If they’re prepared to put zillions of pounds of advertising behind
the message, BT must believe that it’s good to talk. Strangely, however,
the telecommunications giant has decided that it no longer wants to talk
to small PR companies.
Last month, it sent out a complicated document headed ’Changes to BT’s
QSL affecting suppliers of Public Relations within Commodity Codes CFP,
CFW, CFJ and CFA’. Essentially, it laid down a string of size
requirements that all PR companies must fulfil if they want to work for
The literature went to all PR companies currently on the BT roster
informing them of its intentions to ’implement a phased restructuring of
the Qualified Supplier List (QSL)’. BT was clearly not prepared to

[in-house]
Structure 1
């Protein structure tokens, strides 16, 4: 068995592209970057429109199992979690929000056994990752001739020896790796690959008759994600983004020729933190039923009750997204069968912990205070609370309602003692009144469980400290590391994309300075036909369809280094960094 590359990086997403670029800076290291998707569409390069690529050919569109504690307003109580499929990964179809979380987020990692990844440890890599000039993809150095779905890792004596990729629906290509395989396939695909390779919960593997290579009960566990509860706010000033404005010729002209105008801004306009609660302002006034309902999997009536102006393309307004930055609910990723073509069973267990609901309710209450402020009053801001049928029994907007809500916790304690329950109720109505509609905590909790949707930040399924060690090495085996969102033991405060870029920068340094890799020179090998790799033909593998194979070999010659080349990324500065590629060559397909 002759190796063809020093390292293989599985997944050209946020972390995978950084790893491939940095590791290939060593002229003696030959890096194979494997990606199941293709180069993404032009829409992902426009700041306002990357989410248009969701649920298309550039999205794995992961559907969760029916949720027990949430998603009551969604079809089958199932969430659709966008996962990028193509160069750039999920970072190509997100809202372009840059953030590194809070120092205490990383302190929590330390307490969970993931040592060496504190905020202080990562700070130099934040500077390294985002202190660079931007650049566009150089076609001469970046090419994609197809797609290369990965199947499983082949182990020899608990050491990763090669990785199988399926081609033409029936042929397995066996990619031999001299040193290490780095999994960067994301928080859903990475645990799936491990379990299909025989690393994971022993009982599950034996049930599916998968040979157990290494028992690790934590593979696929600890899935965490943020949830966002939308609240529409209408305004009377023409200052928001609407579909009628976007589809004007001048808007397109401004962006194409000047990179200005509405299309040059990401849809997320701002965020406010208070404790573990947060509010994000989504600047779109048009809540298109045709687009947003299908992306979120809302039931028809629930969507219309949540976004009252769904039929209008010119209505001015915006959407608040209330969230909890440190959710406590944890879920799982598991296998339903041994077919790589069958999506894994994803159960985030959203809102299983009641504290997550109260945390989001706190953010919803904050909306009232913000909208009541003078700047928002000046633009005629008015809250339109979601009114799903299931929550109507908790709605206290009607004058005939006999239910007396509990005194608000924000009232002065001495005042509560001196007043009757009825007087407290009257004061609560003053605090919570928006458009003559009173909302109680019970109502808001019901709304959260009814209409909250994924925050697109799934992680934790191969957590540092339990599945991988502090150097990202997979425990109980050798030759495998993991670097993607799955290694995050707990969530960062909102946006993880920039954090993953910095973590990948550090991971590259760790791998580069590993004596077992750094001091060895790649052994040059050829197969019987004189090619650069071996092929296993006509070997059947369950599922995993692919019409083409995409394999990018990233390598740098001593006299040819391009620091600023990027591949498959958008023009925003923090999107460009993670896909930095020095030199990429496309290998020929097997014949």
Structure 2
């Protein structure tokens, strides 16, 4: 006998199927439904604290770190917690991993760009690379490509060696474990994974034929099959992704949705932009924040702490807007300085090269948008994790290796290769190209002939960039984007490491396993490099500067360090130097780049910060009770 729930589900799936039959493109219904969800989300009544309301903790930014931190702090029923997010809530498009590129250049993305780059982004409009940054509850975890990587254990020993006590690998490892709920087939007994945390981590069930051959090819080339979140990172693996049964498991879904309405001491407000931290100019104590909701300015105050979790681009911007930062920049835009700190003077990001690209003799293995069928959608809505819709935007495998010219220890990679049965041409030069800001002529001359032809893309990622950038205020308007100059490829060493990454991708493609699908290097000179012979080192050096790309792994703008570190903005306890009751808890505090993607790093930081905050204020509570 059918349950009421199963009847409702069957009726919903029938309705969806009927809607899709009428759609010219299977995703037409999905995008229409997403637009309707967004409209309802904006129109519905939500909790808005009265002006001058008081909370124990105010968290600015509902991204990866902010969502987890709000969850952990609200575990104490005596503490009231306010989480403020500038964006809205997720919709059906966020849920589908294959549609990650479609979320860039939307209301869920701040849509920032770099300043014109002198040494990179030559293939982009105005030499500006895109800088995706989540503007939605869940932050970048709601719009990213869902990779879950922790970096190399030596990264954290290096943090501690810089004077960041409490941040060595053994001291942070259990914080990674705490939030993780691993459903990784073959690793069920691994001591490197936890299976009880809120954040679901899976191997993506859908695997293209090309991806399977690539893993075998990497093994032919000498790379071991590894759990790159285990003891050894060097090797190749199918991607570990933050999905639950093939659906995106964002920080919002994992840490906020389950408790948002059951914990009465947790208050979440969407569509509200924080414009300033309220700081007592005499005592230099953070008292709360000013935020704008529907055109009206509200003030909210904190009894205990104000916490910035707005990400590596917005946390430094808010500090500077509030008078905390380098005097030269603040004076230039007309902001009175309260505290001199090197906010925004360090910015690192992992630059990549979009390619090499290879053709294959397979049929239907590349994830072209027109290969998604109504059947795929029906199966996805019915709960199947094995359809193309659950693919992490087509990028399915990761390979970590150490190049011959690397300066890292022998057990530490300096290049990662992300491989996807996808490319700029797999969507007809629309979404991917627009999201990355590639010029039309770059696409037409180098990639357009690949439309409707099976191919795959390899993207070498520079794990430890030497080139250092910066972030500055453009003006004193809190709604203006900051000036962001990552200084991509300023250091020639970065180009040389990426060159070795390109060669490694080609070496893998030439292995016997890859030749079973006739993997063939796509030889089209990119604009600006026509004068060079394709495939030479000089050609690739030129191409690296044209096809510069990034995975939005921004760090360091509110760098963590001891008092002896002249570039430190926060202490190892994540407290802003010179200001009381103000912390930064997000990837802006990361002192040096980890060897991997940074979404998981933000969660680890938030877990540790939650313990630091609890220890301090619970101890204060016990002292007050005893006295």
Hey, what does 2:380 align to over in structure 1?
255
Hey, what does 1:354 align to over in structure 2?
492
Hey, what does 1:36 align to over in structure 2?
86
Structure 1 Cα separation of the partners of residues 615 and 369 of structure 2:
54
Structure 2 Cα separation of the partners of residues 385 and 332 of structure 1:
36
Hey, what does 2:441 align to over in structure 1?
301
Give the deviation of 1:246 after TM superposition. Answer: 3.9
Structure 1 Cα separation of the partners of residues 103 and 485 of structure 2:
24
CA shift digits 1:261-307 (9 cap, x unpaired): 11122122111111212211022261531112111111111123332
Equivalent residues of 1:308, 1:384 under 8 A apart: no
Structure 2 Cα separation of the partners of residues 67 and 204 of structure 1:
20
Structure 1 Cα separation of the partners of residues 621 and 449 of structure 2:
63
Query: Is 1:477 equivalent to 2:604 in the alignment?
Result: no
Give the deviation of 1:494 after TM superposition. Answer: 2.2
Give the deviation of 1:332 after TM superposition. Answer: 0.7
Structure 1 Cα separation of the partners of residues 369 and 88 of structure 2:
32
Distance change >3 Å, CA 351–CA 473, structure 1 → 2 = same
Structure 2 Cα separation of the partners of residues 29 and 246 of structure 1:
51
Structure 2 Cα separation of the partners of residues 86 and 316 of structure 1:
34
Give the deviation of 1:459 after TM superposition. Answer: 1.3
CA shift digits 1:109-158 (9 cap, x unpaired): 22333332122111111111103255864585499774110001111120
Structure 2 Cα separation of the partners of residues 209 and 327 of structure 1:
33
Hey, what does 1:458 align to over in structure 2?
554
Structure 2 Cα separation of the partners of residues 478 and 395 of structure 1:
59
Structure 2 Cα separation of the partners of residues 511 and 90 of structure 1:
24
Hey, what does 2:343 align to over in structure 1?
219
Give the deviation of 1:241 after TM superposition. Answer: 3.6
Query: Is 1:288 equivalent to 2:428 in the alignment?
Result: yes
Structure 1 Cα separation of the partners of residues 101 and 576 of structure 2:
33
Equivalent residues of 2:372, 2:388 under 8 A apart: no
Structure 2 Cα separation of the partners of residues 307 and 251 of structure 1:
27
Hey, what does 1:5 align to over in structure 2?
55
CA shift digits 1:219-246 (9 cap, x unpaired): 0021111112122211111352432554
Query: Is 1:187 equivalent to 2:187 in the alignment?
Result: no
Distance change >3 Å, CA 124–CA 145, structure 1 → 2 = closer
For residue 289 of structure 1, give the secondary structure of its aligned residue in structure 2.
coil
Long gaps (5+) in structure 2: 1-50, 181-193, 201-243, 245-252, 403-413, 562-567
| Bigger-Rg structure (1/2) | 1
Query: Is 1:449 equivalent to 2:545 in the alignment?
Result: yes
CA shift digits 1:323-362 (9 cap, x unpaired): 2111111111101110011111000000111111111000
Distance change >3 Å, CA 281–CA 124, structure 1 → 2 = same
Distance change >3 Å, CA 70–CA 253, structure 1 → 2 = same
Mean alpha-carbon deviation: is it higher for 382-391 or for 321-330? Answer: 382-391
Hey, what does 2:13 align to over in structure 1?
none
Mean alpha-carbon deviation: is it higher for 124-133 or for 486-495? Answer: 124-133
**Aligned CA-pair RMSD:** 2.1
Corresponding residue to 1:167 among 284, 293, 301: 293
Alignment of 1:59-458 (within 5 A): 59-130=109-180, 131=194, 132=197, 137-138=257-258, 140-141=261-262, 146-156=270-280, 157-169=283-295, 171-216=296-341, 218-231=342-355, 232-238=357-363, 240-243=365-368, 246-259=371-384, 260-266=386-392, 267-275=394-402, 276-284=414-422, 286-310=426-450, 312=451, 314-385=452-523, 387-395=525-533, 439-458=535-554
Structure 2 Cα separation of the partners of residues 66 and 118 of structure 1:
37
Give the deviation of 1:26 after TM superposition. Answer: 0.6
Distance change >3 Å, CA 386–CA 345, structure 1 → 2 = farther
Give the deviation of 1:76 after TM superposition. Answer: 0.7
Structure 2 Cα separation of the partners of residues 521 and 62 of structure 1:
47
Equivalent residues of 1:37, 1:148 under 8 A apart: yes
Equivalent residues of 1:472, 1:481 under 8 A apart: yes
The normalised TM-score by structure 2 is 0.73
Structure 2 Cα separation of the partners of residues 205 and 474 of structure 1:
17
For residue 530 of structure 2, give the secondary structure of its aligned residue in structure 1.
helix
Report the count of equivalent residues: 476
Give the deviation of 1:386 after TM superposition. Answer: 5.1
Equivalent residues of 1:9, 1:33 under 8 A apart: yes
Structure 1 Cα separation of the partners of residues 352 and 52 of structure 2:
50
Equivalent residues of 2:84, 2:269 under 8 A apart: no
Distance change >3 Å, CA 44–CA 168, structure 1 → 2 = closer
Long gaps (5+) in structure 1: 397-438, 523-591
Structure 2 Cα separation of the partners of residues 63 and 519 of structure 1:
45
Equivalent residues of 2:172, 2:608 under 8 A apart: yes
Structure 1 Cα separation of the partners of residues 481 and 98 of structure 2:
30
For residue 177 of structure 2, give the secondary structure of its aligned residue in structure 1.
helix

debate the matter, as it helpfully informed the agencies the existing
QSL had ’ceased to operate’ from October 1.
You’ll be pleased to hear that all BT’s PR companies must show ’an
ability and willingness to trade using English language’ - although an
ability to translate gobbledegook might be more useful.
One paragraph of the letter helpfully explains: ’Future purchases of
Public Relations with a value in excess of the relevant EC threshold
will be made via a tenderer selection list (TSL), which will be created
by the application of more relevant criteria than those against which
you have previously qualified.’ Come back Bob Hoskins, all is forgiven.